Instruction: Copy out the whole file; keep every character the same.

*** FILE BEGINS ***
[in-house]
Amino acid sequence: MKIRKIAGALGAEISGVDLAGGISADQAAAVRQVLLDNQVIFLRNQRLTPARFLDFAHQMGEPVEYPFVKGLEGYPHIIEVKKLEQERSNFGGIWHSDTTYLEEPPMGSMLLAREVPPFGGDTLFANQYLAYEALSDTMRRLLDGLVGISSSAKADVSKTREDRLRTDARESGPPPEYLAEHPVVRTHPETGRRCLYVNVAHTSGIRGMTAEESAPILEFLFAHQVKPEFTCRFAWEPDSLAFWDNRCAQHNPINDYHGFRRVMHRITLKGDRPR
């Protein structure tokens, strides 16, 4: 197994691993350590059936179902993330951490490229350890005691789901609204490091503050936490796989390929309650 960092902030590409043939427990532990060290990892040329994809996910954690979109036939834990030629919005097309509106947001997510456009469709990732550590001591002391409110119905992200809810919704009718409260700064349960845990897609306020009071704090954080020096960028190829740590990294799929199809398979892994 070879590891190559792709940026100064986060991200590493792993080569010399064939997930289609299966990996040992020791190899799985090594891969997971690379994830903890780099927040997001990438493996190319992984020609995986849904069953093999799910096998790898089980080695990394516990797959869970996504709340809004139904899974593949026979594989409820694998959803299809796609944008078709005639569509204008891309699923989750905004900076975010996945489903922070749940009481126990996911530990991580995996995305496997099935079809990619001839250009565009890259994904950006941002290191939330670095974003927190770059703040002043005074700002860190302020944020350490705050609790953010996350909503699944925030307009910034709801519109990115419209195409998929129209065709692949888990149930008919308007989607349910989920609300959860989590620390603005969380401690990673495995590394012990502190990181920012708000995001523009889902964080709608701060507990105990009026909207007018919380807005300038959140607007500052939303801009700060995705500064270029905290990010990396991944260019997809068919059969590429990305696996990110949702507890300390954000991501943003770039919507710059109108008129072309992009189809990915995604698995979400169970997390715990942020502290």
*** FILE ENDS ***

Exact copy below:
[in-house]
Amino acid sequence: MKIRKIAGALGAEISGVDLAGGISADQAAAVRQVLLDNQVIFLRNQRLTPARFLDFAHQMGEPVEYPFVKGLEGYPHIIEVKKLEQERSNFGGIWHSDTTYLEEPPMGSMLLAREVPPFGGDTLFANQYLAYEALSDTMRRLLDGLVGISSSAKADVSKTREDRLRTDARESGPPPEYLAEHPVVRTHPETGRRCLYVNVAHTSGIRGMTAEESAPILEFLFAHQVKPEFTCRFAWEPDSLAFWDNRCAQHNPINDYHGFRRVMHRITLKGDRPR
């Protein structure tokens, strides 16, 4: 197994691993350590059936179902993330951490490229350890005691789901609204490091503050936490796989390929309650 960092902030590409043939427990532990060290990892040329994809996910954690979109036939834990030629919005097309509106947001997510456009469709990732550590001591002391409110119905992200809810919704009718409260700064349960845990897609306020009071704090954080020096960028190829740590990294799929199809398979892994 070879590891190559792709940026100064986060991200590493792993080569010399064939997930289609299966990996040992020791190899799985090594891969997971690379994830903890780099927040997001990438493996190319992984020609995986849904069953093999799910096998790898089980080695990394516990797959869970996504709340809004139904899974593949026979594989409820694998959803299809796609944008078709005639569509204008891309699923989750905004900076975010996945489903922070749940009481126990996911530990991580995996995305496997099935079809990619001839250009565009890259994904950006941002290191939330670095974003927190770059703040002043005074700002860190302020944020350490705050609790953010996350909503699944925030307009910034709801519109990115419209195409998929129209065709692949888990149930008919308007989607349910989920609300959860989590620390603005969380401690990673495995590394012990502190990181920012708000995001523009889902964080709608701060507990105990009026909207007018919380807005300038959140607007500052939303801009700060995705500064270029905290990010990396991944260019997809068919059969590429990305696996990110949702507890300390954000991501943003770039919507710059109108008129072309992009189809990915995604698995979400169970997390715990942020502290």